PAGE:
The Texas Senate approved a measure Tuesday that would allow voters to decide whether to limit statewide officeholders — including the governor — to two consecutive terms.
The 27-4 vote, marking the first time in years that a term limit bill has advanced past a legislative chamber at the state Capitol, covers only statewide officials in the executive branch and not lawmakers or judges.
Approval came after a lively and, at times, pointed debate that centered on whether the move would take away voters’ ability to elect whomever they want. The proposal had drawn support from most newer members of the Senate — including most tea party lawmakers.
Voting no were Sens. Craig Estes, R-Wichita Falls; Glenn Hegar, R-Katy; Bryan Birdwell, R-Granbury; and Tommy Williams, R-The Woodlands.
Sen. Kevin Eltife, R-Tyler, the author of Senate Joint Resolution 13, insisted that term limits for statewide officials would be good to “bring in fresh ideas and perspective to state government.” A former Tyler mayor who left that job because of term limits, Eltife said he wholeheartedly supports them.
If approved by voters, the limits on statewide officeholders would take effect next January.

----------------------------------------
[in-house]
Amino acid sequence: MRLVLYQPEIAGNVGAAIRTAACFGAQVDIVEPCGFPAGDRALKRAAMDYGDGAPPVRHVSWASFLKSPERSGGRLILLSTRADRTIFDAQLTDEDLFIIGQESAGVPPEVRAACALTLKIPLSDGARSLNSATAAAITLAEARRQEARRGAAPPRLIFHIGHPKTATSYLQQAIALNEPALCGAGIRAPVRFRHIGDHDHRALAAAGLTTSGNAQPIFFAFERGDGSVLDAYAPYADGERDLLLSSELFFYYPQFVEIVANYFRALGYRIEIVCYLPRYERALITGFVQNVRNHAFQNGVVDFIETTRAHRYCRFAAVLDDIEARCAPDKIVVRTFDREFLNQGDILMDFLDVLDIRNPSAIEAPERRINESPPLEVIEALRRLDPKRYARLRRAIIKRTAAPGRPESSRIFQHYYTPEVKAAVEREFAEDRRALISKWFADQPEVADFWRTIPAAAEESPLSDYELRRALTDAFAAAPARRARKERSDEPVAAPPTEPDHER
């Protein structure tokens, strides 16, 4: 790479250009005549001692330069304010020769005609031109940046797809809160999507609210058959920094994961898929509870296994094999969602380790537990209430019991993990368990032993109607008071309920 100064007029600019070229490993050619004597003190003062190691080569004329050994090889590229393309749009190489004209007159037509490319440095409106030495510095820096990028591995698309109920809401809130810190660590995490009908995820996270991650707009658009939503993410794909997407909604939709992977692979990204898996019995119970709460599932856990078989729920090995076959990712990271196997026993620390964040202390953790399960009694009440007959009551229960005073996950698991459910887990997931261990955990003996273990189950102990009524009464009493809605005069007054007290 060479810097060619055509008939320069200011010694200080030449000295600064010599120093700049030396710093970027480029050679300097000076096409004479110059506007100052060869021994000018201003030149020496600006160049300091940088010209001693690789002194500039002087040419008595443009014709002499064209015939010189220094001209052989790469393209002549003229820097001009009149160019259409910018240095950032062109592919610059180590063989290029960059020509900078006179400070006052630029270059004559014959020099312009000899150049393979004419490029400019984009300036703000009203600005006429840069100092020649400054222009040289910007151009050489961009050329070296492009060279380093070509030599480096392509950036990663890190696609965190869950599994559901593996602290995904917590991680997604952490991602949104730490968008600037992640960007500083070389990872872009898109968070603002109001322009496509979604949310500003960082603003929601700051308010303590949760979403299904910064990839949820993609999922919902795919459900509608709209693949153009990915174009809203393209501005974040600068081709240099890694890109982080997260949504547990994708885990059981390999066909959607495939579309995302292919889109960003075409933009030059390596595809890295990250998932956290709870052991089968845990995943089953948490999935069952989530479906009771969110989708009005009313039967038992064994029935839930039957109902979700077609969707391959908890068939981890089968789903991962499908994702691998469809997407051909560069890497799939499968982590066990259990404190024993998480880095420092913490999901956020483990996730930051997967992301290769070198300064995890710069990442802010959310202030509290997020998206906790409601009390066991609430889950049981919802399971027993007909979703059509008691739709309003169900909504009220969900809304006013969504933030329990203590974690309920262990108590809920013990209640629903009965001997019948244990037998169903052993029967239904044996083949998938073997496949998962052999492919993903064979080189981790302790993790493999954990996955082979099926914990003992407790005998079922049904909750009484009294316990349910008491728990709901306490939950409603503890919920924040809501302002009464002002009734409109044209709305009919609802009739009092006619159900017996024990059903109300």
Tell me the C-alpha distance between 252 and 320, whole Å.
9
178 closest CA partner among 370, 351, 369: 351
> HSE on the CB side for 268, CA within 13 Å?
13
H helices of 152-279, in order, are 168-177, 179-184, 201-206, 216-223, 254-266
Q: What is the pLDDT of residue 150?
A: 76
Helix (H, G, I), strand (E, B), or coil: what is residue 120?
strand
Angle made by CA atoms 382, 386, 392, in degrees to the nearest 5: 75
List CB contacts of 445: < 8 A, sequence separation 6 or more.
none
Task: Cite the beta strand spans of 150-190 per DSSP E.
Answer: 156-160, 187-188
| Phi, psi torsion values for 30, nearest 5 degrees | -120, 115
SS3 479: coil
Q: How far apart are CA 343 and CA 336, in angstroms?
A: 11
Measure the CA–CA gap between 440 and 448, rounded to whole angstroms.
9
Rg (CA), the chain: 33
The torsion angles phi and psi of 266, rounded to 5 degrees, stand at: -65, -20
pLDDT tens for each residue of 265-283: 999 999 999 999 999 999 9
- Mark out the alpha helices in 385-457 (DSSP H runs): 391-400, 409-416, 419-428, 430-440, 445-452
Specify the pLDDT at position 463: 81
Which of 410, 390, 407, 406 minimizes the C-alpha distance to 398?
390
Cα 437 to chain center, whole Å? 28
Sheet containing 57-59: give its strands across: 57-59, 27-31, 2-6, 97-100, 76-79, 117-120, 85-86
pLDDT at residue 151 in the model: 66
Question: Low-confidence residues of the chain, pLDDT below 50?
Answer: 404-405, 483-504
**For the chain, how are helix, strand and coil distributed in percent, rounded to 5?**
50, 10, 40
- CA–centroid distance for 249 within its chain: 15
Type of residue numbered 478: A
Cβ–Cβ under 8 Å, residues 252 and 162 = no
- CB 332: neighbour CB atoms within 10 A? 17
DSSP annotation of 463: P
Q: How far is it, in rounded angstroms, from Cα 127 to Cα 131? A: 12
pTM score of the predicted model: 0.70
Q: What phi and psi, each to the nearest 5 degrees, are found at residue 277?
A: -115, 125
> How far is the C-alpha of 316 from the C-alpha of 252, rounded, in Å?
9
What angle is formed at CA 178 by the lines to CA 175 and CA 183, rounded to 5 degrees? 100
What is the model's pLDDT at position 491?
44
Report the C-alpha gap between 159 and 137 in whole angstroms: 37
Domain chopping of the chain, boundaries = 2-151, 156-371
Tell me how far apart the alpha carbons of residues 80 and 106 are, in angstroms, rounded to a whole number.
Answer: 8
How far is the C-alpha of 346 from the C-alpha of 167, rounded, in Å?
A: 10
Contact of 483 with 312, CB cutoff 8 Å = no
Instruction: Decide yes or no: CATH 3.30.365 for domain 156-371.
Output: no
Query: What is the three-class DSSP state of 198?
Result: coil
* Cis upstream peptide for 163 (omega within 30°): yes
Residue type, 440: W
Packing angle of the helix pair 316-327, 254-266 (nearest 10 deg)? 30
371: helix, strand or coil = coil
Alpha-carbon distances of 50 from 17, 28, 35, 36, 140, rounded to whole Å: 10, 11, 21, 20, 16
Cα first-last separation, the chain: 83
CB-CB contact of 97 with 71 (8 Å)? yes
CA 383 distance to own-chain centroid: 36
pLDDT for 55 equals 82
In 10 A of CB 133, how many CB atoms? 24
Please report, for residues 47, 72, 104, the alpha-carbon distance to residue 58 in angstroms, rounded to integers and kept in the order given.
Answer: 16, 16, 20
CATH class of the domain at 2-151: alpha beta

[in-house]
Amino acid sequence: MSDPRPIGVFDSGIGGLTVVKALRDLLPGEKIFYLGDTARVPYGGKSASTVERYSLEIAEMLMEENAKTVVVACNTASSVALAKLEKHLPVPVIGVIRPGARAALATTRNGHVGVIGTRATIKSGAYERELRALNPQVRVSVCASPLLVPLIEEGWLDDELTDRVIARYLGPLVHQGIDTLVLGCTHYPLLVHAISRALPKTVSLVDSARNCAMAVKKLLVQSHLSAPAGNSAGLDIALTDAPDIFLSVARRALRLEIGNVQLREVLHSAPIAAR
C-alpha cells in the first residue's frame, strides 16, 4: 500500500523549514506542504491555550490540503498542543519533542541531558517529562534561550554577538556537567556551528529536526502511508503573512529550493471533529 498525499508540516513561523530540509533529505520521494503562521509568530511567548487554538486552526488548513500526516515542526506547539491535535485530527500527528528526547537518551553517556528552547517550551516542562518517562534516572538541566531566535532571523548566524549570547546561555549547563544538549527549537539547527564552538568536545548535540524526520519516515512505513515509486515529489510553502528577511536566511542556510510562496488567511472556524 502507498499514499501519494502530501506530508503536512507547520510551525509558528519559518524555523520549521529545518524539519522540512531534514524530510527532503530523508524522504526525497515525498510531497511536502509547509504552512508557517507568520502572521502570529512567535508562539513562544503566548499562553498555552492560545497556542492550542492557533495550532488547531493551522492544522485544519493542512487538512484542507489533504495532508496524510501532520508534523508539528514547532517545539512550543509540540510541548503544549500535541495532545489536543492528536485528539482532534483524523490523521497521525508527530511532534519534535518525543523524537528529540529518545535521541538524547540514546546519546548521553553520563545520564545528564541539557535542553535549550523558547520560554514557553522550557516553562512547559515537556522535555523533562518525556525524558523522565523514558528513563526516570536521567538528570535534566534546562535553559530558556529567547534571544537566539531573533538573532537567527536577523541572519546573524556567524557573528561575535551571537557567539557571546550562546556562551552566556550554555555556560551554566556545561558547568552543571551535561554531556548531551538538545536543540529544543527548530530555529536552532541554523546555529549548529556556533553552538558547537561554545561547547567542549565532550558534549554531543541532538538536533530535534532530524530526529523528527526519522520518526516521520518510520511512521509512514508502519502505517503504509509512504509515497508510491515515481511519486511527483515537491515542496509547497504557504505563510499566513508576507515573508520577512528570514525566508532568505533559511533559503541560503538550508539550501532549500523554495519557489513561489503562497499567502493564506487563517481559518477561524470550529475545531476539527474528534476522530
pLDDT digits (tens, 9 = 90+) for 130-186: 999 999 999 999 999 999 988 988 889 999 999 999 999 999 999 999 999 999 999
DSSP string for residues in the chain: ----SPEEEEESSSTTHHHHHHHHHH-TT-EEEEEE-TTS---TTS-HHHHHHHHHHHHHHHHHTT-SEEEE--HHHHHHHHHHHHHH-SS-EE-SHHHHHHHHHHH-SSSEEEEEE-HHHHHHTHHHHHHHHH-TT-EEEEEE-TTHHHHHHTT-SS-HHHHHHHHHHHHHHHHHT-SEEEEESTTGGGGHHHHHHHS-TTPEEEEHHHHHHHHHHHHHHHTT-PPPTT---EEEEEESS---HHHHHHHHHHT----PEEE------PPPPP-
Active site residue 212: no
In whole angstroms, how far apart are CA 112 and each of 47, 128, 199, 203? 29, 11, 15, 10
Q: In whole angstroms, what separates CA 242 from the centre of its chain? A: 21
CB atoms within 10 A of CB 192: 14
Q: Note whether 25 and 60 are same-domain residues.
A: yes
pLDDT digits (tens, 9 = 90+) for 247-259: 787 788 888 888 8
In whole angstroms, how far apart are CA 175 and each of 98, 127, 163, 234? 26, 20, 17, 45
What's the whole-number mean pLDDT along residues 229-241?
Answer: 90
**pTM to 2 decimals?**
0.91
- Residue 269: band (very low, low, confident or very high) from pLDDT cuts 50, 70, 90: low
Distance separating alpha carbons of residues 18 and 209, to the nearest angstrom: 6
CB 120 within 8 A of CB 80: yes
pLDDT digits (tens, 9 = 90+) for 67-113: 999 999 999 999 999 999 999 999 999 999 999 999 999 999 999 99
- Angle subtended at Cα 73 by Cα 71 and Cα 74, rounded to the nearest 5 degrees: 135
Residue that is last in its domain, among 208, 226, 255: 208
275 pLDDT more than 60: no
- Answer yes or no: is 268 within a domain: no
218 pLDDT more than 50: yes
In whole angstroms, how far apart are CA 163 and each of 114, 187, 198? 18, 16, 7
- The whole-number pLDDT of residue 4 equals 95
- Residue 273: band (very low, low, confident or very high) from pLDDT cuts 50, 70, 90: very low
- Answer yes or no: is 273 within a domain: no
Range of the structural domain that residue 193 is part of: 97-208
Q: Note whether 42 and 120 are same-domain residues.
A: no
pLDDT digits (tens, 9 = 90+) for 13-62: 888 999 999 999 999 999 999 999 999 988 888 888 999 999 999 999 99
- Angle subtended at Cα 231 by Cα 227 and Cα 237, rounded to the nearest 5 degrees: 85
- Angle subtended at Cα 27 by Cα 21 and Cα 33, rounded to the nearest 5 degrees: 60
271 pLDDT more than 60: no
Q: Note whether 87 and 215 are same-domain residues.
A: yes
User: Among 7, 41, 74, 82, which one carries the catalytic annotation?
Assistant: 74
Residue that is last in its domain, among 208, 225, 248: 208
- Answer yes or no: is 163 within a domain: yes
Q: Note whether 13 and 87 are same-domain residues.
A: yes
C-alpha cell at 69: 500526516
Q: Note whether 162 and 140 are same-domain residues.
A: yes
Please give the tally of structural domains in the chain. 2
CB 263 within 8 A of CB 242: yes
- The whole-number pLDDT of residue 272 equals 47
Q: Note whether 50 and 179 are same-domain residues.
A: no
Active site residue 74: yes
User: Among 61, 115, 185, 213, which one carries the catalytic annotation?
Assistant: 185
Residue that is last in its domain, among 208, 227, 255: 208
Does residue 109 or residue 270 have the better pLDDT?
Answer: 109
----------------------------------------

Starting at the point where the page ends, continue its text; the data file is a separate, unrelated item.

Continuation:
Although some have suggested that the measure targets Gov. Rick Perry, the state’s longest-serving chief executive, with 13 years in office, Eltife said he was not aiming at any official in particular and seeks only to improve state government.
The change would encourage “more open seats and more competitive elections,” Eltife said.
Estes said he opposes term limits because they curtail the “ability of the people to elect whoever they want.”
“I have great concerns about where we’re trying to go here,” Estes said, offering two amendments — one to limit the terms of statewide judges and the other to limit the terms of Senate and House members.
The judicial limit was killed by a parliamentary point of order, and Estes withdrew the limit on lawmakers’ terms without a vote.
“I believe what is good for the goose is good for the gander,” Estes said. “”For us to single out one branch of government for term limits is unconscionable.”
Sens. John Whitmire, D-Houston, and Joan Huffman, R-Houston, argued that the longer judges hold office, the more knowledgeable about the law they become. “I see the executive branch as different,” said Huffman, a former state district judge in Houston.
Sen. Dan Patrick, R-Houston, challenged the assertion that limiting judges’ terms would improve government. He also challenged Estes’ admission at one point that his amendments were an attempt to keep the measure from passing.
Answering a key criticism of Estes and other critics, Eltife noted that the Legislature is not deciding the issue, but rather leaving it up to voters, should the resolution pass the House. It faces an uncertain future there.
The proposal would change the state Constitution to limit the terms of statewide elected officials, including the governor, lieutenant governor, attorney general, comptroller, land commissioner, agriculture commissioner and railroad commissioners. Eltife said the current terms of state officeholders would not count against the two-term limit.
However, the terms of those who win statewide office in November 2014 or later would be covered.